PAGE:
The computing device on which the relationship engine is implemented may include a central processing unit, memory, input devices (e.g., keyboard and pointing devices), output devices (e.g., display devices), and storage devices (e.g., disk drives). The memory and storage devices are computer-readable media that may contain computer executable instructions that implement the relationship engine. As used herein, “computer-readable media encoded with computer executable instructions” means computer-readable media comprising computer executable instructions. In addition, the data structures and message structures may be stored or transmitted via a data transmission medium, such as a signal on a communications link. Various communication links may be used, such as the Internet, a local area network, a wide area network, a point-to-point dial-up connection, a cell phone network, and so on.
Embodiments of the relationship engine, including the client replication component and the server replication component may be implemented in various operating environments that include personal computers, server computers, hand-held or laptop devices, multiprocessor systems, microprocessor-based systems, programmable consumer electronics, digital cameras, network PCs, minicomputers, mainframe computers, network devices, distributed computing environments that include any of the above systems or devices, and so on. The computer systems may be cell phones, personal digital assistants, smart phones, personal computers, programmable consumer electronics, digital cameras, and so on.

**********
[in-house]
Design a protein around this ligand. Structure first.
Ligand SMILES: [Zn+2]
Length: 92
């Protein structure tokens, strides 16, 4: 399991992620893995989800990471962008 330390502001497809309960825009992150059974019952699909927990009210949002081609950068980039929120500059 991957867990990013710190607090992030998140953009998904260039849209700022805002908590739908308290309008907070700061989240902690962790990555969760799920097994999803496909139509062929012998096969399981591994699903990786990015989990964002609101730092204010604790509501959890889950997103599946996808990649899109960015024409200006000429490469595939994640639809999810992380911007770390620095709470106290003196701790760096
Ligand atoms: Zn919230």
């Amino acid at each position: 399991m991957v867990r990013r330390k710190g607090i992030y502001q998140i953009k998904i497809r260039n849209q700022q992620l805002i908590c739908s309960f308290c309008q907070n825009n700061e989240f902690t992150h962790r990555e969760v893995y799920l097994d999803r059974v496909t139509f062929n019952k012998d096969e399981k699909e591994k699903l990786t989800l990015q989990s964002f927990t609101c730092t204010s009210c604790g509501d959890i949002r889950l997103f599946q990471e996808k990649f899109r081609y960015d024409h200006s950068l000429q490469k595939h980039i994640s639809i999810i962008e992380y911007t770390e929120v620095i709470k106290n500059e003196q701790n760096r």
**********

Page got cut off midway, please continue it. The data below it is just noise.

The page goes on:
The relationship engine may be described in the general context of computer-executable instructions, such as program modules, executed by one or more computers or other devices. Generally, program modules include routines, programs, objects, components, data structures, and so on that perform particular tasks or implement particular abstract data types. Typically, the functionality of the program modules may be combined or distributed as desired in various embodiments.
As illustrated by example in
One skilled in the art will appreciate that, for this and other processes and methods disclosed herein, the functions/steps performed in the processes and methods may be altered in various ways. For example, the order of the outlined steps is only exemplary, and the steps may be rearranged, some of the steps may be optional, substeps may be performed in parallel, some of the steps may be combined into fewer steps or expanded into additional steps, other steps may be included, etc.